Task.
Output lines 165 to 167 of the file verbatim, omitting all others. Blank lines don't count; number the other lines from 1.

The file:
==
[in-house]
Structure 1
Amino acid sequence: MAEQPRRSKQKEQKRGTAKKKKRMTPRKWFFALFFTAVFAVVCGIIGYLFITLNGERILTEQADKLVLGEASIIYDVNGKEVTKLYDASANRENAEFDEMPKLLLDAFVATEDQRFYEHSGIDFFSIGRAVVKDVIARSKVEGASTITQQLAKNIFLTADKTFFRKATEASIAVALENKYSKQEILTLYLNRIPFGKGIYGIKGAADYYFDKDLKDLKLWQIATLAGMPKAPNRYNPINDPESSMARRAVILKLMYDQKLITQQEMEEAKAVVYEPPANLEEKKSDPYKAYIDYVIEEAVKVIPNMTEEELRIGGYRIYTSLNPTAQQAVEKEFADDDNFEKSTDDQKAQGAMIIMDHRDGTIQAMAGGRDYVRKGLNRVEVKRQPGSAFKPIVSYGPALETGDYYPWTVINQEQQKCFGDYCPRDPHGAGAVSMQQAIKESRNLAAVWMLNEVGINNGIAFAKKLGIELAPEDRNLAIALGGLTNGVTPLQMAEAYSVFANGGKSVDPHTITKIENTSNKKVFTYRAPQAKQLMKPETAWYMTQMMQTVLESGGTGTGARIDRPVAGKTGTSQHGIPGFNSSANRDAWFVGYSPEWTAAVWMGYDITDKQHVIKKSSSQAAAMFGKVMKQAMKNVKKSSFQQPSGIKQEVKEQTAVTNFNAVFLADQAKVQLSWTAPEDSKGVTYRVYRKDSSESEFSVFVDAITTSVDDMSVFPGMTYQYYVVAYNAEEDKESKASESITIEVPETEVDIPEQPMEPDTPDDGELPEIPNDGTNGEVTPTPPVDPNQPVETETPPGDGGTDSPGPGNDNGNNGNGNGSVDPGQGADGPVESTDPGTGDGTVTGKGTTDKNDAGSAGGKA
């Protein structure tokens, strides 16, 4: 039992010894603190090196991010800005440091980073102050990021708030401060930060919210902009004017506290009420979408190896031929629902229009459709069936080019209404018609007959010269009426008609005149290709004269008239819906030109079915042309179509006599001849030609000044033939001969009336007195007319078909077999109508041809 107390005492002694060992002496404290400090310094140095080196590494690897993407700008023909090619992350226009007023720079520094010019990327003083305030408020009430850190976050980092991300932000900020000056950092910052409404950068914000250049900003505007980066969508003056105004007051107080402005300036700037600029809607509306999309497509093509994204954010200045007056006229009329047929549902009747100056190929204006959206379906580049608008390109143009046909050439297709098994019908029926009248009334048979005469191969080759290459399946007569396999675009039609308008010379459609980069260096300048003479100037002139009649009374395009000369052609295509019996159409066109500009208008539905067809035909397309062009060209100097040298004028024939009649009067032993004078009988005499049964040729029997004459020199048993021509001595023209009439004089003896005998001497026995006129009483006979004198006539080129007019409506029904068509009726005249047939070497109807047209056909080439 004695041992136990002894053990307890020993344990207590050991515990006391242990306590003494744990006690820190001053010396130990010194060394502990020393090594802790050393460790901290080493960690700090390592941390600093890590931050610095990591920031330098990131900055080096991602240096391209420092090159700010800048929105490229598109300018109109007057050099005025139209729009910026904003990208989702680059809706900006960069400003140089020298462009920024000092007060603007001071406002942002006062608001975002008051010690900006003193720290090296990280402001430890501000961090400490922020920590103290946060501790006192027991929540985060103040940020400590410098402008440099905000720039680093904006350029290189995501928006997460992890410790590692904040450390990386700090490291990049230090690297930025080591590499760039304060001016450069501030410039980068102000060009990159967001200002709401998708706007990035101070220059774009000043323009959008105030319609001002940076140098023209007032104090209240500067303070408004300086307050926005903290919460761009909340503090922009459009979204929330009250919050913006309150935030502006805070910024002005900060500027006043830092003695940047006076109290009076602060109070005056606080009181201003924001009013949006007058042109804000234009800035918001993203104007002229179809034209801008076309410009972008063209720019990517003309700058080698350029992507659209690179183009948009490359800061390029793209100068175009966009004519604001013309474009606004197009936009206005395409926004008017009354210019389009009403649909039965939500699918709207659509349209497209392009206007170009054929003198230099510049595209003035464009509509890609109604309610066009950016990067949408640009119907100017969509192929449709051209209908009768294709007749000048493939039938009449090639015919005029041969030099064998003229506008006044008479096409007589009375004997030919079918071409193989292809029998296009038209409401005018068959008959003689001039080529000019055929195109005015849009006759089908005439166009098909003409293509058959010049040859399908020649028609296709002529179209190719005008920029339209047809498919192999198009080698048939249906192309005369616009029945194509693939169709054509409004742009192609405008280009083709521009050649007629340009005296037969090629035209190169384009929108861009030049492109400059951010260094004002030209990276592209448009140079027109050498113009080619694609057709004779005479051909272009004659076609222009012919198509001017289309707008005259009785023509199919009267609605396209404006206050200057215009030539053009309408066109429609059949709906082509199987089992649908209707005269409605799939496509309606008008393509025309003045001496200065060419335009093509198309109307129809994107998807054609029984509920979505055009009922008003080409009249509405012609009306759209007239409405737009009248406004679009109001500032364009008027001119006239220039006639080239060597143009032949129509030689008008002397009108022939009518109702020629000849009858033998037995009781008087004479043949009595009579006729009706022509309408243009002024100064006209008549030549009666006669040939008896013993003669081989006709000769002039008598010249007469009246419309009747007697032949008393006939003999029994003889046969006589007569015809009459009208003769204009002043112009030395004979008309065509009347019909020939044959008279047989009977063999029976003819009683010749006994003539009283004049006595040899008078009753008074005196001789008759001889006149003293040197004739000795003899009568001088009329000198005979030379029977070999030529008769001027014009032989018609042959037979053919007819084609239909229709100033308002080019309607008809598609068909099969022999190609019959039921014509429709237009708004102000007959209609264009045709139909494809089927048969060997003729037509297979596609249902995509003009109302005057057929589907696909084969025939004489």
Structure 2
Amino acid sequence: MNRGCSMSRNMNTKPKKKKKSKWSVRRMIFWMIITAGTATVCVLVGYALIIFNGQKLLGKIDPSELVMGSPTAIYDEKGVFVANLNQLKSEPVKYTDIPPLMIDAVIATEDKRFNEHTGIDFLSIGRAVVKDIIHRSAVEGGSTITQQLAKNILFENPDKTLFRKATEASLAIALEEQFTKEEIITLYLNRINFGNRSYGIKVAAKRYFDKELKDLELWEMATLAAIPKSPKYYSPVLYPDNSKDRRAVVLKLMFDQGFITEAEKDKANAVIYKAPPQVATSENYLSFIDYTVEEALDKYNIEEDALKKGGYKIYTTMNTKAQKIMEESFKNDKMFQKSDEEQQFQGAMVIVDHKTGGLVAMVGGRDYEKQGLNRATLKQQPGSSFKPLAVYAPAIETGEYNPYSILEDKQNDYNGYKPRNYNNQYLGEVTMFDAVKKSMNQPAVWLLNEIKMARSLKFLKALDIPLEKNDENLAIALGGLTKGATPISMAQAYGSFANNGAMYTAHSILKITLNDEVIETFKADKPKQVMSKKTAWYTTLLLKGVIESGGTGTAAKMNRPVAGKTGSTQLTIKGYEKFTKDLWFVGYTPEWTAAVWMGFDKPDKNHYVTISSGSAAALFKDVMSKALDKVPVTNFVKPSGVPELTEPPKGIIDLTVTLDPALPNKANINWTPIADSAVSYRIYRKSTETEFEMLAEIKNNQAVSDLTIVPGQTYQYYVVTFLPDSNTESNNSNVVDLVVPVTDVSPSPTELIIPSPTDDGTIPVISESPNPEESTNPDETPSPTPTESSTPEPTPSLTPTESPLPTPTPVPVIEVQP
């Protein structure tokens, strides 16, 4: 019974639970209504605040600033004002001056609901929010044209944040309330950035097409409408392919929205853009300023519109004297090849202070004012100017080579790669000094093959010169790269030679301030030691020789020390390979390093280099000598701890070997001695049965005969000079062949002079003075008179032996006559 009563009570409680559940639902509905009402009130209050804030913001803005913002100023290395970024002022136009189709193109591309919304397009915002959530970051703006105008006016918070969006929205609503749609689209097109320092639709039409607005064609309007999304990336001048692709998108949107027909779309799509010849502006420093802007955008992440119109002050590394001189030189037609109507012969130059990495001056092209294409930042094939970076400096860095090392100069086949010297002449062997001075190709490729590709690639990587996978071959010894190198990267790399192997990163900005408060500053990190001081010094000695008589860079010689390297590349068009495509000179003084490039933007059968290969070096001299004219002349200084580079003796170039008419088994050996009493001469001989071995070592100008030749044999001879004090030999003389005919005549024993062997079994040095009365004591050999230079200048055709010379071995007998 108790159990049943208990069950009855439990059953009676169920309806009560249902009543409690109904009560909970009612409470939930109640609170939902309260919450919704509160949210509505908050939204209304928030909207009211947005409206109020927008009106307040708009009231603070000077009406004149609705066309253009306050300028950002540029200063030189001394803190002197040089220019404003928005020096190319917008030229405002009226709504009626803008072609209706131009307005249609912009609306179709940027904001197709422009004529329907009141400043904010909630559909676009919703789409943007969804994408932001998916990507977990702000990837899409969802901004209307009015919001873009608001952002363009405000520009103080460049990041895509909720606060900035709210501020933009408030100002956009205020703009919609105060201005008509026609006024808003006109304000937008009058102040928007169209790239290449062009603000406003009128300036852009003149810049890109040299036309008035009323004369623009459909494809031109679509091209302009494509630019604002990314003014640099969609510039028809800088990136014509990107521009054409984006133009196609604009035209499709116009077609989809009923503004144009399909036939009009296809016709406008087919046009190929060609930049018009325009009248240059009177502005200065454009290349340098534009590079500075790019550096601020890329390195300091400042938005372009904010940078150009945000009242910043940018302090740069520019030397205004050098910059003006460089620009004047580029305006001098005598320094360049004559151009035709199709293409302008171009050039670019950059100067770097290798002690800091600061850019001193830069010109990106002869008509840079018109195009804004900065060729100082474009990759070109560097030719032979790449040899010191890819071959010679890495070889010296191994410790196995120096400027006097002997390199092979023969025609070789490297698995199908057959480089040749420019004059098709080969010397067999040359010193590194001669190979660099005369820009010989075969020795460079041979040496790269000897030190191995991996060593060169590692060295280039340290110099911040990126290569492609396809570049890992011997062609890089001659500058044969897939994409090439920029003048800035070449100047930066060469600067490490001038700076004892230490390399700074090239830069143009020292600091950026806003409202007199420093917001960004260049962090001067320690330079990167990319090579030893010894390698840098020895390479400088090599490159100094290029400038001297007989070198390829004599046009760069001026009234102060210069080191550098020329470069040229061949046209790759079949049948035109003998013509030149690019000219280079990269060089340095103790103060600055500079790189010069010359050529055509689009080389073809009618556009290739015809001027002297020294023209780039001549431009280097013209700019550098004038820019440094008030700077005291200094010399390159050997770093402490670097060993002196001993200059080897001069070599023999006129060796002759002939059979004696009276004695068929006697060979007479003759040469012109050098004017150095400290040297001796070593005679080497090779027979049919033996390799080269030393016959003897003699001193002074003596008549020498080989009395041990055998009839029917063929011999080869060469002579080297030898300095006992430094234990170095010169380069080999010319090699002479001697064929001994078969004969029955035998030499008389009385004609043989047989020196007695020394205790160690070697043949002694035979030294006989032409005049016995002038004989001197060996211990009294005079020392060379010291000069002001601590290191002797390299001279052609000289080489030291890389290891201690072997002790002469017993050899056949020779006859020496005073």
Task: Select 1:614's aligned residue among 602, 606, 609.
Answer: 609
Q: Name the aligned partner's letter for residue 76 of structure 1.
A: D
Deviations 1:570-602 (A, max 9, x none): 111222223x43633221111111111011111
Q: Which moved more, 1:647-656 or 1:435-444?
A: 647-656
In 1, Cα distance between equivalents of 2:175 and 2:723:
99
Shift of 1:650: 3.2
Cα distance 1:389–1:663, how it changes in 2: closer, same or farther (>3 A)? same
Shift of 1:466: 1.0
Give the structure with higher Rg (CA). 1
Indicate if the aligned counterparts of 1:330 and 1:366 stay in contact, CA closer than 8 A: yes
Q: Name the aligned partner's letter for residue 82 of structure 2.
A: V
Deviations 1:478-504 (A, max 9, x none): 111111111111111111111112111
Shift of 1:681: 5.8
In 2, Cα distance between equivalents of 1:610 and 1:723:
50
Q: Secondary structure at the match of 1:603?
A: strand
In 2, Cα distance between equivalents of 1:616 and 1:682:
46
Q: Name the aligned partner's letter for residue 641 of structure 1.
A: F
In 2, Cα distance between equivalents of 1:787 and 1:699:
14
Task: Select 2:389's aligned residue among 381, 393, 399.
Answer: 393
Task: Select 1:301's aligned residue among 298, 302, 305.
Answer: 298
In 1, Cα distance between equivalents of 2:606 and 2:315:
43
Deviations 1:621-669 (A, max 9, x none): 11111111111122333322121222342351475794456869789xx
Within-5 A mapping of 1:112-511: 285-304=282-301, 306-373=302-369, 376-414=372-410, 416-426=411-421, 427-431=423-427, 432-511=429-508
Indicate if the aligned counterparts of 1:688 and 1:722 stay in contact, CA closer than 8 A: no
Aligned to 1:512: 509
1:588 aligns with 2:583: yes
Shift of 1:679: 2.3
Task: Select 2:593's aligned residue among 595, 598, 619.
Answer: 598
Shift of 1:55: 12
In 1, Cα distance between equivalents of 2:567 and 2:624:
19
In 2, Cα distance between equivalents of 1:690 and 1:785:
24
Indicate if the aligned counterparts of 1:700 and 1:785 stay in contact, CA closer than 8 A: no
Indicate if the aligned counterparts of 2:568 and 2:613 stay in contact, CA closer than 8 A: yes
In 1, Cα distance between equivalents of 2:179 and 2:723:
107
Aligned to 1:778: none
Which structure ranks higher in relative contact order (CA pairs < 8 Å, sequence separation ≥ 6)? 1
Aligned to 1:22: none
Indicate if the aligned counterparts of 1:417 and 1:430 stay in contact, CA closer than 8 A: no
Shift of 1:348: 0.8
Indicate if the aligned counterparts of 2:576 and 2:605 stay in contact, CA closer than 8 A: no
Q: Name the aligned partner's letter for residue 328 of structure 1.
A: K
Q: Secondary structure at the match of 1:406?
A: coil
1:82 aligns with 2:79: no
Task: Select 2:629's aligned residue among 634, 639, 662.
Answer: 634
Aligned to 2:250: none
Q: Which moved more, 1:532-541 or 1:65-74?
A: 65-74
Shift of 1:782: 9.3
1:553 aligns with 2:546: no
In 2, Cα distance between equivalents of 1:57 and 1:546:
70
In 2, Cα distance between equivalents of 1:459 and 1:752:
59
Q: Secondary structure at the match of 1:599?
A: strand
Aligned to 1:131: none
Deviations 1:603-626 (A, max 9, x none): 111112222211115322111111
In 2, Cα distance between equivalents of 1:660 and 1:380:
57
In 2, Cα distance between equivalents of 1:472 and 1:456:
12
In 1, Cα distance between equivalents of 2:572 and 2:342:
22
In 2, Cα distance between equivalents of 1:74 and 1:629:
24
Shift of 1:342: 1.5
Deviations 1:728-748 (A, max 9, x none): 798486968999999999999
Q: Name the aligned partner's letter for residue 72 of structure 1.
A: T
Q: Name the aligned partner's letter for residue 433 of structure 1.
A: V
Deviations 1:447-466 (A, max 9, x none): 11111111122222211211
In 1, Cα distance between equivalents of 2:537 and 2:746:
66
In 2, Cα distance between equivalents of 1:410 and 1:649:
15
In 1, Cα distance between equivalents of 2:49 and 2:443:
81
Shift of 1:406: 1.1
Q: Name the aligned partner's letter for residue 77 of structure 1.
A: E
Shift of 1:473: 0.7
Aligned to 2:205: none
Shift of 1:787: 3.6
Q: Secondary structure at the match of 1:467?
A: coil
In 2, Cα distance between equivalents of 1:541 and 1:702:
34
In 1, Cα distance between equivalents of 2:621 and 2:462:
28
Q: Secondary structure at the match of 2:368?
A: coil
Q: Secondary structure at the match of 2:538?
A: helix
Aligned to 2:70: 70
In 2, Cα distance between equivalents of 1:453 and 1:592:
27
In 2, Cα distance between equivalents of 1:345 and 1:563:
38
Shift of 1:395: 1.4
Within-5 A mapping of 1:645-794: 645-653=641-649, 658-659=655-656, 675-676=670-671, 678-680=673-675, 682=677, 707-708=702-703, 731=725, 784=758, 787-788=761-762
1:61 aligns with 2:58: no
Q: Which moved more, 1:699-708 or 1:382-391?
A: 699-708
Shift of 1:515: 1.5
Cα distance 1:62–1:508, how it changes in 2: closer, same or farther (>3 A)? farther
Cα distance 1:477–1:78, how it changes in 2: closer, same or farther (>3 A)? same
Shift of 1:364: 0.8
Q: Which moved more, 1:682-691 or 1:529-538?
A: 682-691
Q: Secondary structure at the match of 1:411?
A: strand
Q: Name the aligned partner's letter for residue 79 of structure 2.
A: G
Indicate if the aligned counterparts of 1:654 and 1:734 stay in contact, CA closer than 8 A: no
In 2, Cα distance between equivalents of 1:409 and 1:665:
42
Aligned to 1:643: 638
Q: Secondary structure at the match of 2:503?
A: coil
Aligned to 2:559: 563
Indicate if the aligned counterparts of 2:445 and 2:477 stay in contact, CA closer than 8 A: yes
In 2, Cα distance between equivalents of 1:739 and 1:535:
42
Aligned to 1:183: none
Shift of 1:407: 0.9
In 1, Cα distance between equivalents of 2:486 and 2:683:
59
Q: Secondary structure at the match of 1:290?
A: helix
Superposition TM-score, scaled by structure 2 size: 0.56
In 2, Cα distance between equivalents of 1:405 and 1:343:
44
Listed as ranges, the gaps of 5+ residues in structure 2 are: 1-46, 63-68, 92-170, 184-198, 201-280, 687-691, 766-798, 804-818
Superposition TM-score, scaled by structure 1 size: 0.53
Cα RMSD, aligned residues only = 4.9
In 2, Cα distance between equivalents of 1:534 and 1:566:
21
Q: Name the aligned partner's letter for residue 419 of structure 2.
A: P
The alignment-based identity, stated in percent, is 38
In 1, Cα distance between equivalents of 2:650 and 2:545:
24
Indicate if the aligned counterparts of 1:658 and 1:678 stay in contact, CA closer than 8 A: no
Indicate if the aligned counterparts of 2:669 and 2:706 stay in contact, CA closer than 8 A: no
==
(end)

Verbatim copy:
21
Q: Name the aligned partner's letter for residue 419 of structure 2.
A: P